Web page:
Why Collaboration Doesn't Always Work

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We live in a networked economy where connections are currency and collaboration and teamwork have become the fundamental tools for today’s knowledge-based professional services firms. The success and rise of the collaborative economy underscores just how critical it is to be able to form and join highly productive teams. “The best team wins” has never been more true, and with digital disruption sitting on our doorstep, we’re collectively poised to move toward the future of work where all of us will be sharing and working together on the same unified digital platform.

This future is right in front of us and, technologically speaking, the formation of such an ecosystem is inevitable. What may not be so simple to predict is the nature of collaboration once we get there. In an article in the Harvard Business Review, new research by Marc C. Bolino and Philip S. Thompson points to the concept of organizational citizenship behavior. When it’s good it produces high quality social connections, enhanced coordination and communications. It seems likely that helping each other and collaborating can improve team performance. However, according to this new research, that’s not always the case.

I’d Rather Do It Myself

The authors conducted a qualitative study of 238 people in a variety of industries to explain why they would or wouldn’t accept help from a co-worker. They identified five keys reasons why people avoid being helped:

1. Prefer to be self-reliant and complete the work on their own
2. Want to protect their image
3. Don’t want to feel obligated to return the favor
4. Do not trust their co-workers’ motives
5. Believe their co-workers are incompetent

The authors explain: “How pervasive are these attitudes? More so than you might think. When we asked more than 500 employees in a separate survey how much they agreed with various reasons for not seeking help, nearly two-thirds indicated that they preferred to finish their work without assistance from colleagues. Over half agreed that this allowed them to be seen as “high potential” employees. Almost 20% said that they normally declined offers of assistance so that they wouldn’t owe their coworkers favors. Nearly 10% said that their coworkers were “out for themselves,” and roughly 8% thought that their coworkers lacked the competence to help finish tasks.”

The Psychology of Collaboration

Ron Friedman, PhD writes in Psychology Today: “On paper, collaborations have a lot to offer: By putting our heads together with others, we can attack a challenge with greater intellectual firepower. The more perspectives we bring to the table, the more likely we are to eliminate blind spots, unearth creative solutions, and minimize mistakes. The logic seems irrefutable. So it’s surprising that studies on collaborations have yielded mixed results. A closer look at the literature finds that, at times, it’s the collaboration itself that diminishes the quality of our work.” Dr. Friedman cites the following:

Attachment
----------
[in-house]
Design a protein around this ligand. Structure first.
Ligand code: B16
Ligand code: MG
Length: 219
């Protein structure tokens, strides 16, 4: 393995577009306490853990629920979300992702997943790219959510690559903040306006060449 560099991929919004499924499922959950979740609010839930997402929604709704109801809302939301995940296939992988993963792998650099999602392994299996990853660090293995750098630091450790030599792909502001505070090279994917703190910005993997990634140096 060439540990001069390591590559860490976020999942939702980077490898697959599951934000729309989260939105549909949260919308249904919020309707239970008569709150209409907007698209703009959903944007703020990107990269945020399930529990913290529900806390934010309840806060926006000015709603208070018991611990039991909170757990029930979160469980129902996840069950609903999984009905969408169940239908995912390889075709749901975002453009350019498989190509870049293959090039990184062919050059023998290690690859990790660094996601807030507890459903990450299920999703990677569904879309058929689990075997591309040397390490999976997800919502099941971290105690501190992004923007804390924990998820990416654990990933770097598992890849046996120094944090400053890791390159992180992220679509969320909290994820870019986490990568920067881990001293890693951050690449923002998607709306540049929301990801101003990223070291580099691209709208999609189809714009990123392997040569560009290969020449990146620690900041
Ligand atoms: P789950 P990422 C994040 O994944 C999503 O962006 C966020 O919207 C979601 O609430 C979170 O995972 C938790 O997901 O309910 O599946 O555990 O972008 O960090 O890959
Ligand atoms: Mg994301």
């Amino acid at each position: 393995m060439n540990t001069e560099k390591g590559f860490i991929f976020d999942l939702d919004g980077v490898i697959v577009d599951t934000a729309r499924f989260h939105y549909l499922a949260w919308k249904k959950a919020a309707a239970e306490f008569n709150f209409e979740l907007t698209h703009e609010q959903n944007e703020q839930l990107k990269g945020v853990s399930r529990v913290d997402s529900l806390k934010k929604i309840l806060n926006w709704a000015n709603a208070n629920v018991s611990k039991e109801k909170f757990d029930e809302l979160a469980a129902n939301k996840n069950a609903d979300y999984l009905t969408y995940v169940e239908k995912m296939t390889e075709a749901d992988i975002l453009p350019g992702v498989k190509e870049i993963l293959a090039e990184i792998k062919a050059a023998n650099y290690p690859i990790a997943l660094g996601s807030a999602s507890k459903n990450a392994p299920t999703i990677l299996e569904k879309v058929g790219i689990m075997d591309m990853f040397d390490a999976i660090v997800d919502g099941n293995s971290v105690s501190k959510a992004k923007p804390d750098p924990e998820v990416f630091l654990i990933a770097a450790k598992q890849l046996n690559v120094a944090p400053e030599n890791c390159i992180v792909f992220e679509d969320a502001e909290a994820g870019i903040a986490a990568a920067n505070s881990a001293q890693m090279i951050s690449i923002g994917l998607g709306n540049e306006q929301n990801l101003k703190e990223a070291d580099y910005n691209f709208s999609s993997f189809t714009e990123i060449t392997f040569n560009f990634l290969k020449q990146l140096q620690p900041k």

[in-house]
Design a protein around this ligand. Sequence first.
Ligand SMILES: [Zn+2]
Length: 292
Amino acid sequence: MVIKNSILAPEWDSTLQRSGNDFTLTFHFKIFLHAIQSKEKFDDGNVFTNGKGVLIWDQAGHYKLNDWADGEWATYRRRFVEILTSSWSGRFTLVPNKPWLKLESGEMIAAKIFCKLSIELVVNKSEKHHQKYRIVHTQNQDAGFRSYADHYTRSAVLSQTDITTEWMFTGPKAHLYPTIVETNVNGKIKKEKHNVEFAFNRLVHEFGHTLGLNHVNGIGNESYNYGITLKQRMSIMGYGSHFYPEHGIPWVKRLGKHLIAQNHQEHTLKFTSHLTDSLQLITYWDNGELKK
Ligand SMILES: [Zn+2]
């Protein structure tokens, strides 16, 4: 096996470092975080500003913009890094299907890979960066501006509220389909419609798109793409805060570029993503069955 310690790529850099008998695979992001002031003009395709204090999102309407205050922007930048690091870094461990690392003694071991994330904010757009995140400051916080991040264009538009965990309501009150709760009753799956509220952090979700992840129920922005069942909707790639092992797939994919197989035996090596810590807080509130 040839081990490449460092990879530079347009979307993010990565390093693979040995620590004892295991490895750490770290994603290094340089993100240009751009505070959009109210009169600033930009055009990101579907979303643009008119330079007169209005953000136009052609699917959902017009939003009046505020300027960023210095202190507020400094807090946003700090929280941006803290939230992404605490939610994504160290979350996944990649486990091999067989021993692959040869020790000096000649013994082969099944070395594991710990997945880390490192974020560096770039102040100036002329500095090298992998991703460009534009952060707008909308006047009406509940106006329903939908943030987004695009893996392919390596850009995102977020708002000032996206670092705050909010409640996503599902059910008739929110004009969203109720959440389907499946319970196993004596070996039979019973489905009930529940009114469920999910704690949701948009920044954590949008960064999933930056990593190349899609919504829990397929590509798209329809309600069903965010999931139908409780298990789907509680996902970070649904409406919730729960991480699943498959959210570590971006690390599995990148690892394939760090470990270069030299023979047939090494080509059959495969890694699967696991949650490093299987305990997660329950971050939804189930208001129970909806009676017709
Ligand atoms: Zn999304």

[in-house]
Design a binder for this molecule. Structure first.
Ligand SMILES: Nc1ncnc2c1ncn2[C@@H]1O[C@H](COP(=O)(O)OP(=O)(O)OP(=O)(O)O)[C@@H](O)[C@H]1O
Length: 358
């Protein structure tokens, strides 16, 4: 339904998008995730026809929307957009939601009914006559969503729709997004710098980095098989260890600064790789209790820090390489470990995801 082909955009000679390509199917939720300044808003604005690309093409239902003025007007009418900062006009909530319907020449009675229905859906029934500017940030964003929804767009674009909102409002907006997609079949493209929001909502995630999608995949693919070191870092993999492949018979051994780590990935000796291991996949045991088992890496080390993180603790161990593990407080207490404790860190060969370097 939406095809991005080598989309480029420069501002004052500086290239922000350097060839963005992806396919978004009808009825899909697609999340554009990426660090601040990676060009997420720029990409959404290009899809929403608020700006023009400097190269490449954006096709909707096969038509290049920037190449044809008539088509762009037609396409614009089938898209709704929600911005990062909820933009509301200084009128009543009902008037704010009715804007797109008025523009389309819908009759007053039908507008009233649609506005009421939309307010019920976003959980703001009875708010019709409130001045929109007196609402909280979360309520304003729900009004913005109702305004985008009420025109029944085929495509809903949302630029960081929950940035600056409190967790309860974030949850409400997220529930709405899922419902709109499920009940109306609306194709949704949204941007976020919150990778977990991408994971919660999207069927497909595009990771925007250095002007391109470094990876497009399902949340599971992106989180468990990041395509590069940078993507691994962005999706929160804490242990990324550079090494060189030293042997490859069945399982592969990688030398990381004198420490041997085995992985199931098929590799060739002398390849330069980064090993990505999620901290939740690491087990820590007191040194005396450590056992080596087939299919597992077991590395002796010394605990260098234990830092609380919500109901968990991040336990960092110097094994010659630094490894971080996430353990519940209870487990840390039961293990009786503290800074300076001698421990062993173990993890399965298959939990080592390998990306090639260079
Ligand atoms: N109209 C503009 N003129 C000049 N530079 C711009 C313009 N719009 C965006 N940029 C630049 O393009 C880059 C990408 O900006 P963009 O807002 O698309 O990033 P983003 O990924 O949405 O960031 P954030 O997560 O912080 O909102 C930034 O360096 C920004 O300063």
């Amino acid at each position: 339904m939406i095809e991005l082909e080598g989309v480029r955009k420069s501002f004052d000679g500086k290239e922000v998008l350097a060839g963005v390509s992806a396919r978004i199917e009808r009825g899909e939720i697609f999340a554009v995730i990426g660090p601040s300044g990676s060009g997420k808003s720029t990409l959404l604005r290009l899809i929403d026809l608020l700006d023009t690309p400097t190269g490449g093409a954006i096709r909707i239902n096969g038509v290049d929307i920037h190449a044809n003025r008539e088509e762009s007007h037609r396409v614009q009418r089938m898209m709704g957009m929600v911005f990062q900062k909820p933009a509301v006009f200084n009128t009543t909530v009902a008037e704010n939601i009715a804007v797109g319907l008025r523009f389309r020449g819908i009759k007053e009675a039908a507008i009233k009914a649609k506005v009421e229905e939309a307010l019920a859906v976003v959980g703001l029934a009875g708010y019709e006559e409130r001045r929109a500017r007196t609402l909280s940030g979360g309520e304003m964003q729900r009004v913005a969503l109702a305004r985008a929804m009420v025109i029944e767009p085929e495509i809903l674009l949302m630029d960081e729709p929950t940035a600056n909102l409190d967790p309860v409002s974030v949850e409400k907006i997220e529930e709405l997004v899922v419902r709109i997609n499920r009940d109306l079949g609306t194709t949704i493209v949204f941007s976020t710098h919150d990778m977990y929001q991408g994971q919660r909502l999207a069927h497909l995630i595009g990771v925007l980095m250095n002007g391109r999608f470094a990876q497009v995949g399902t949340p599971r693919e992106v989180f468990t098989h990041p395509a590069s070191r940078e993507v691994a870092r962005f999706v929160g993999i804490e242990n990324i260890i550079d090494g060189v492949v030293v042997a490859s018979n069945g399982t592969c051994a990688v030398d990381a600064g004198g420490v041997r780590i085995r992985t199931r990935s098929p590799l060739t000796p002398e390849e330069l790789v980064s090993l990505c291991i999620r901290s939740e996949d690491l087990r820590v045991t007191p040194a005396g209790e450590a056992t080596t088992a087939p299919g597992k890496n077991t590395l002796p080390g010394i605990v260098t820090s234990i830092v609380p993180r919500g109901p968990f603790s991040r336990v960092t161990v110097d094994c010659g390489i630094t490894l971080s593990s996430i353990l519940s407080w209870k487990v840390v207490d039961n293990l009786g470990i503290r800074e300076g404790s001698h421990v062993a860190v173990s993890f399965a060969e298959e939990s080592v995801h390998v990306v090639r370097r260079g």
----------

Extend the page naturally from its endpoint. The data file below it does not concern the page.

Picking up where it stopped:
• Collaboration breeds false confidence. A study in Psychology Science found that when we work with others to reach a decision, we become overly confident in the accuracy of our collective thinking.
  • Collaboration introduces pressures to conform. Studies show that social pressures tend to make group members conform to the majority view, even in cases when they believe the majority view is wrong.
  • Collaboration promotes laziness. Ever been to a meeting where you’re the only one prepared? Then you’ve experienced “social loafing” —people’s tendency to invest less effort when they’re part of a team.

Can't We All Just Work Together?

The short answer is of course we can. Working together can be easier and more fruitful that we think. And it doesn't have to water down the process to an accommodating compromised result. Having worked on various creative projects, I have found that once the team is aligned with the mission, every idea is a plus that can be expanded and refined – common cause like winning a new client or an award or the recognition of the boss can be positive motivators for any team. And when done right it can change the world. Here are a couple of suggestions from Dr. Friedman:

  1. Find Teammates Who Do Something You Can’t. The lesson: Collaborations are most effective when teammates complement rather than replicate one another’s abilities. (Besides, skill duplication leads to power struggles.)
  2. Differentiate Between Roles. The lesson: Delineating responsibilities at the start of a project gives everyone at the table direction and a sense of ownership.
  3. Insist on Homework. The lesson: Use meeting time to exchange ideas, not generate them.
Finally, I’d like to add my own suggestion for getting the most out of a collaborative experience – put yourself in the position of a student so you’re open to learn, as well as the teacher who brings new information to light and then grades accordingly.
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